Last night Cork City took advantage of Dundalk’s slip up in Bray to go one point clear at the top of the SSE Airtricity Premier Division. A rather incredible, if fortuitous, goal from Billy Dennehy gave John Caulfield’s side the three points and it was richly deserved. Amazingly, the league will now be decided on the final day as the two contenders, Dundalk and Cork, face off at Oriel Park next Friday in what is sure to be an exhilarating spectacle.
I have been covering Cork City throughout the 2014 season and after the game, as the players completed a lap of honour to thank the fans for their support, I reflected on how magical a journey this year has been for the Leesiders and everyone associated with the club. It struck me that this year’s success did not happen by chance; it is deliberate. It is the product of hard work and dedication from the very top down to grassroots level.
We can now say with absolute certainty that John Caulfield’s appointment as successor to Tommy Dunne was an inspired move. Having stuttered to a sixth-place finish in 2013 under Dunne, Caulfield set the bar relatively high and declared that his aim was to challenge in the cups and to push for European qualification. Needing only a point in the last game of the season to win the league, the former Avondale United manager is on course to surpass those expectations and deserves tremendous credit for the team’s resolute performances during this campaign. It is also worth noting the manner in which Caulfield has carried himself in his first season as manager of a senior club. A legend on Leeside, he commands respect but, despite his colossal stature, he remains charmingly courteous and accommodating; a perfect figurehead for a club which revolves around its fans.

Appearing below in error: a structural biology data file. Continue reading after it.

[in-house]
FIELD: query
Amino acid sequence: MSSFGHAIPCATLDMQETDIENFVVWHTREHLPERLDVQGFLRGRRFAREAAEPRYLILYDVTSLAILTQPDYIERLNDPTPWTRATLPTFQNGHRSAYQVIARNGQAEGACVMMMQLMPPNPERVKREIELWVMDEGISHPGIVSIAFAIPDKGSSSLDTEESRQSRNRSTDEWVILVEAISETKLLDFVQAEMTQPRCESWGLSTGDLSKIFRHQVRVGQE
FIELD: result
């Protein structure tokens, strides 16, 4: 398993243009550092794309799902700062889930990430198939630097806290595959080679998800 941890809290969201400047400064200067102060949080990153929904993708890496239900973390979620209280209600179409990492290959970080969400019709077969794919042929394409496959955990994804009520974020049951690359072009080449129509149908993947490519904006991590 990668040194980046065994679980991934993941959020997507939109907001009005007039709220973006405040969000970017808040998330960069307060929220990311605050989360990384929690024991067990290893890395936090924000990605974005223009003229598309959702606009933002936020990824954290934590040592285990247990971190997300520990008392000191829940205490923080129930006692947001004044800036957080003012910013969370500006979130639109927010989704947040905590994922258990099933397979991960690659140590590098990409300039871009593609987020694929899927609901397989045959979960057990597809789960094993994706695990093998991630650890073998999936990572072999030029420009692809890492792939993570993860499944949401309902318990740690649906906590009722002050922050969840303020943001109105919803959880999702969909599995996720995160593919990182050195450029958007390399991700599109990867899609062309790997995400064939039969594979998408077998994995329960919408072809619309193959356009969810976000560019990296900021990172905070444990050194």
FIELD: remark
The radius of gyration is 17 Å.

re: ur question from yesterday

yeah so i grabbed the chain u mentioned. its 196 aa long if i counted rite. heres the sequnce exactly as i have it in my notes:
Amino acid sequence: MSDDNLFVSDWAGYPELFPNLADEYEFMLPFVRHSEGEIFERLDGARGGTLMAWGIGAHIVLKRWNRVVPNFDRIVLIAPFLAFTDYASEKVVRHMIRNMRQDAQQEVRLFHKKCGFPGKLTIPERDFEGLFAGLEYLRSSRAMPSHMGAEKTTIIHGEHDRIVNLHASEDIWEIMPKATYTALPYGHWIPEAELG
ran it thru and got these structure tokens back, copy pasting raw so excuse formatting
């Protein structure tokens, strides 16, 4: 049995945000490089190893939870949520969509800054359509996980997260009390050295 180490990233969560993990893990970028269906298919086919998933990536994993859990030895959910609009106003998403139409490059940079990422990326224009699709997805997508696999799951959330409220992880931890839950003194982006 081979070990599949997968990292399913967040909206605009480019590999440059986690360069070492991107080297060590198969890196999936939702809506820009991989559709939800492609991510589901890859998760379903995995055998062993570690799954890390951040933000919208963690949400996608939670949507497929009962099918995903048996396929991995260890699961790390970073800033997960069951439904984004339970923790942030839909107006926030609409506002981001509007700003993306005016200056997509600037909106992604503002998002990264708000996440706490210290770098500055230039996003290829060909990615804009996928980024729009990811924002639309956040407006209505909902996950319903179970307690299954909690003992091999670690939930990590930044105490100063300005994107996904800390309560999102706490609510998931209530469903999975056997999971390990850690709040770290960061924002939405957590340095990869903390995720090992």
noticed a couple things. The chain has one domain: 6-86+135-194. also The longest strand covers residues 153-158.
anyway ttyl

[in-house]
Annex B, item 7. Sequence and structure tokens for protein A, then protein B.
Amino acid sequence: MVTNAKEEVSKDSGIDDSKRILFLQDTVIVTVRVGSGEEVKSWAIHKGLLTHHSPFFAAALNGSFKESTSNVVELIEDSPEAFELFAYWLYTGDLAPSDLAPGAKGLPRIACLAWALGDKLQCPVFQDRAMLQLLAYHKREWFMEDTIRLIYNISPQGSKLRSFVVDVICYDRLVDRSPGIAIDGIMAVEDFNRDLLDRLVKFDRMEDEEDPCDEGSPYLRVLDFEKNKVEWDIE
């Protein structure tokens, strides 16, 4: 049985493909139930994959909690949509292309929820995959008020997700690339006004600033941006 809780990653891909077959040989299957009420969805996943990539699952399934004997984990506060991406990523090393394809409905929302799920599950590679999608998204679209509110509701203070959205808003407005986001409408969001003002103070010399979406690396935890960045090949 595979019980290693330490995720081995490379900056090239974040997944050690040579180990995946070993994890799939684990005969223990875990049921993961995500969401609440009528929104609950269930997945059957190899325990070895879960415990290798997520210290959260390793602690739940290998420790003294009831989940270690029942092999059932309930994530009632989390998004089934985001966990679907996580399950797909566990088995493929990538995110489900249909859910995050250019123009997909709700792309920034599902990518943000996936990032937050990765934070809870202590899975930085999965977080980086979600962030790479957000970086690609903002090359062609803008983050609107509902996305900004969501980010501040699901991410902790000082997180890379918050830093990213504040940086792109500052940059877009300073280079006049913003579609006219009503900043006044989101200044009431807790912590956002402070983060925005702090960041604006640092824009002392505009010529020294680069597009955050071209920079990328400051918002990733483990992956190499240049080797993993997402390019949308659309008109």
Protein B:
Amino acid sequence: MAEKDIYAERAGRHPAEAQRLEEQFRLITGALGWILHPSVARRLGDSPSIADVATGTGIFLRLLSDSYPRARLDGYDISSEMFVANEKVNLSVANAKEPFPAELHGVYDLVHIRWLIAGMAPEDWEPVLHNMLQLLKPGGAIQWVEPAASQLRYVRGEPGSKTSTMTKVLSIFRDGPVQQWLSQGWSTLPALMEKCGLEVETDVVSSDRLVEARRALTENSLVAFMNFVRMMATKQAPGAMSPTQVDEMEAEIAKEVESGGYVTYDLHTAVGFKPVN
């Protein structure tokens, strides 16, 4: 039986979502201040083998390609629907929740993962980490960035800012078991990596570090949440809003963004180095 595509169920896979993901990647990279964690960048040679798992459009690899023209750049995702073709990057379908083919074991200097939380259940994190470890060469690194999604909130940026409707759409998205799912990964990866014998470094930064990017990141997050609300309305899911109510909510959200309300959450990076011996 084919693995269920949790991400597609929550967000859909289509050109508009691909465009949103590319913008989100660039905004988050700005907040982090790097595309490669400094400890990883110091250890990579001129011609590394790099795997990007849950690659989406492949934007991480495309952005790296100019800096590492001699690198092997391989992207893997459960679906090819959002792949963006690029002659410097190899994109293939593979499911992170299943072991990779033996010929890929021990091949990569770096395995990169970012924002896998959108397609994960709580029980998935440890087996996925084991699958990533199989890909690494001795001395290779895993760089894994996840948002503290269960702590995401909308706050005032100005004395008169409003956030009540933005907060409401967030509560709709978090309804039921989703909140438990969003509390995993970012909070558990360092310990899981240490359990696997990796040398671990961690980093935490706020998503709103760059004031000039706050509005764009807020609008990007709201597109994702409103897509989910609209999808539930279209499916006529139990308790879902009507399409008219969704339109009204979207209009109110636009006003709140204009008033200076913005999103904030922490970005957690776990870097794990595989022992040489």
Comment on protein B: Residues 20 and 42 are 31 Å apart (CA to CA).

As well as delivering magnificently on the field, Cork City employees and volunteers have worked tirelessly behind the scenes to energise their local community and that was wonderfully encapsulated when 6,219 supporters transformed Turner’s Cross into a raucous cauldron in a fitting finale for the club’s last home game of the season. They have rightly had their efforts recognised, too, winning a Football Association of Ireland (FAI) communications award for ‘Best Social Media Initiative’, while Turner’s Cross was recently crowned the 2014 SSE Airtricity League Pitch of the Year – winning the accolade for the second time, having previously won in 2011. From those manning the club shop to administrators, the people involved with the club are among the most welcoming I have met.
Clubs across Ireland can learn a lot from how, with the help of supporters, they resurrected themselves. Regional clubs, in particular, should look to emulate what has been achieved, for, while Corkonians take great pride in their sense of uniqueness, their football club need not be an exception. Indeed, in a recent press conference, John Caulfield argued that the League of Ireland needs strong regional clubs such as Cork City in order to capture the imagination of the public on a national scale.
While Sligo Rovers have been to the fore of the Irish game in recent years and Dundalk have returned to prominence under the stewardship of Stephen Kenny, other clubs continue to struggle for a variety of reasons. However, Cork City’s story this season offers hope and, more importantly, proof of what clubs can achieve given the right leadership both on and off the pitch.